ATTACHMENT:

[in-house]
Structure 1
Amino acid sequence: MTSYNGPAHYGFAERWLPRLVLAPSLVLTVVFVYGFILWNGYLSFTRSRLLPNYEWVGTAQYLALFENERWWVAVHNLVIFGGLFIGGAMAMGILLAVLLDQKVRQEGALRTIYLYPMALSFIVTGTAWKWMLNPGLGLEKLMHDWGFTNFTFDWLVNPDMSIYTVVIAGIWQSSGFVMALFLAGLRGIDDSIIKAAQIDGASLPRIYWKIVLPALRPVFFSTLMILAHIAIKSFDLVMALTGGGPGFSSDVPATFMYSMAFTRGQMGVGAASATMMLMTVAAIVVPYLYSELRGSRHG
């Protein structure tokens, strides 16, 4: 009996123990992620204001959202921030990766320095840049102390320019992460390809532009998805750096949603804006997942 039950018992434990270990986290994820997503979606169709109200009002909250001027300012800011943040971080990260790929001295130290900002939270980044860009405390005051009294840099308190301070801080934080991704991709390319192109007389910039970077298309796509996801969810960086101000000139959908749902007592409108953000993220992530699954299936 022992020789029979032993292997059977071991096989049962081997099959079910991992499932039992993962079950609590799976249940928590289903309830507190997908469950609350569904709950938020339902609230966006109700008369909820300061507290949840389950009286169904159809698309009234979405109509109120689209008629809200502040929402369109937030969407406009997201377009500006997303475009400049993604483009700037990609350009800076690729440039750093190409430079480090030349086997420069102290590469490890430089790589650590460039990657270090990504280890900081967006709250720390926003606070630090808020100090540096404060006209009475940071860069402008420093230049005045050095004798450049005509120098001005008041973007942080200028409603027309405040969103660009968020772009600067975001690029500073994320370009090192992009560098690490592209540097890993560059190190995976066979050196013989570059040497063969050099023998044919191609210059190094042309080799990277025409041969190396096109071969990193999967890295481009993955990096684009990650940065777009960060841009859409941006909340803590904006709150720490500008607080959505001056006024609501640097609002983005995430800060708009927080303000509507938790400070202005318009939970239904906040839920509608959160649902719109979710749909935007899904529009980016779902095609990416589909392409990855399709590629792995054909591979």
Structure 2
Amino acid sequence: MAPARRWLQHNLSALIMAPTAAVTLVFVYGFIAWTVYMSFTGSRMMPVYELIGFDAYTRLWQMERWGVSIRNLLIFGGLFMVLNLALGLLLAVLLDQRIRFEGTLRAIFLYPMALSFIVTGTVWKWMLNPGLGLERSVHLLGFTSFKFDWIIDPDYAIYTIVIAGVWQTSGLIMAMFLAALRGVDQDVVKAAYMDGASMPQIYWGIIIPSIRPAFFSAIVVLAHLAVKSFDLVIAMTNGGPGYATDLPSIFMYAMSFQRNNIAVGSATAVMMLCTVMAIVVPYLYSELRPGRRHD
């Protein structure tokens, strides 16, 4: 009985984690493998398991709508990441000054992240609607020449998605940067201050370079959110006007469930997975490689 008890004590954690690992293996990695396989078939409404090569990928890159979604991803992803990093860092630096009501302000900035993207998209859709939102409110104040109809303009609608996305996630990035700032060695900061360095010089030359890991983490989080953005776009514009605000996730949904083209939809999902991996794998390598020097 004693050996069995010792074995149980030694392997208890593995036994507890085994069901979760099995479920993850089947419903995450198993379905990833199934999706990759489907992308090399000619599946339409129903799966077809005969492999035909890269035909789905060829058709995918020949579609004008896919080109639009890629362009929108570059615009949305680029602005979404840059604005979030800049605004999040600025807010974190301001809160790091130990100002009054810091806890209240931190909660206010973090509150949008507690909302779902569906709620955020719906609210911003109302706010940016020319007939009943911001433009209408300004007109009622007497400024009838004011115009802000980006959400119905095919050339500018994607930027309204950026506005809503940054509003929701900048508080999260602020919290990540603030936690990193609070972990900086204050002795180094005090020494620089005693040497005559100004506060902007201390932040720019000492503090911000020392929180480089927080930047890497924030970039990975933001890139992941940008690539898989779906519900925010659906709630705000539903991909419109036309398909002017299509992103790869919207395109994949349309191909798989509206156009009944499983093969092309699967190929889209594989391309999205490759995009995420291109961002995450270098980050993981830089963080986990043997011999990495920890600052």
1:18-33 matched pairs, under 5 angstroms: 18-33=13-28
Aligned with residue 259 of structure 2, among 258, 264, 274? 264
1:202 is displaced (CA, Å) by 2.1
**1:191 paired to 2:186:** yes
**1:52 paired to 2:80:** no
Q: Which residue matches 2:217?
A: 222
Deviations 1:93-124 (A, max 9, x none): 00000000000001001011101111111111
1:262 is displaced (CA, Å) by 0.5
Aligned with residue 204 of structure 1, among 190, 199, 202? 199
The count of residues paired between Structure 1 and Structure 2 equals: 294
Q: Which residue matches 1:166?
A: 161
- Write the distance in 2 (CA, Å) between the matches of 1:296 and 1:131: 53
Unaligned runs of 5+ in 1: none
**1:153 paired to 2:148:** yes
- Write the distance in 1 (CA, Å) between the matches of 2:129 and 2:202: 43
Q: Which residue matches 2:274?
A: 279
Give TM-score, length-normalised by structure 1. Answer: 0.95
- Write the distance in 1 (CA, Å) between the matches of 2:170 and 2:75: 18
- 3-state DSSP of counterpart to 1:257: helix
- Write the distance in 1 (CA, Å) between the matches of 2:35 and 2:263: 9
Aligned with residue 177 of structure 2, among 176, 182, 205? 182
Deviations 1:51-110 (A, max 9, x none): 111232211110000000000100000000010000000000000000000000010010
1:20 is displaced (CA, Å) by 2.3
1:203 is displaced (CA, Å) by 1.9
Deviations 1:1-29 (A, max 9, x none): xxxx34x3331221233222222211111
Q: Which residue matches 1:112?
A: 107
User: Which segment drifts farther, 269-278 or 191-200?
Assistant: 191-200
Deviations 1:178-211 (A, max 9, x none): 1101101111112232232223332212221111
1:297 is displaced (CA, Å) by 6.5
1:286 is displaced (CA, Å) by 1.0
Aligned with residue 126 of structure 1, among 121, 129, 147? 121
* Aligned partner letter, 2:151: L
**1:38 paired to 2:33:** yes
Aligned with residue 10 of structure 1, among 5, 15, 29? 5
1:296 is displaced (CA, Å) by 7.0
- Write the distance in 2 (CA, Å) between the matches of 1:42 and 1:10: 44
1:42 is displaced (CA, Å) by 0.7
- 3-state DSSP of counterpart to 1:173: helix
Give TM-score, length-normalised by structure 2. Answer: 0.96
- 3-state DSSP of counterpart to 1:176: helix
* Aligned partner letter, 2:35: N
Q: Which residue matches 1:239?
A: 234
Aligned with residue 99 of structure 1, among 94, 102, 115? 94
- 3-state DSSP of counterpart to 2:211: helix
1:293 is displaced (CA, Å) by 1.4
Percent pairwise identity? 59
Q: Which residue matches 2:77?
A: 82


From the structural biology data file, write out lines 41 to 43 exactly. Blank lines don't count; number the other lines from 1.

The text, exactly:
1:297 is displaced (CA, Å) by 6.5
1:286 is displaced (CA, Å) by 1.0
Aligned with residue 126 of structure 1, among 121, 129, 147? 121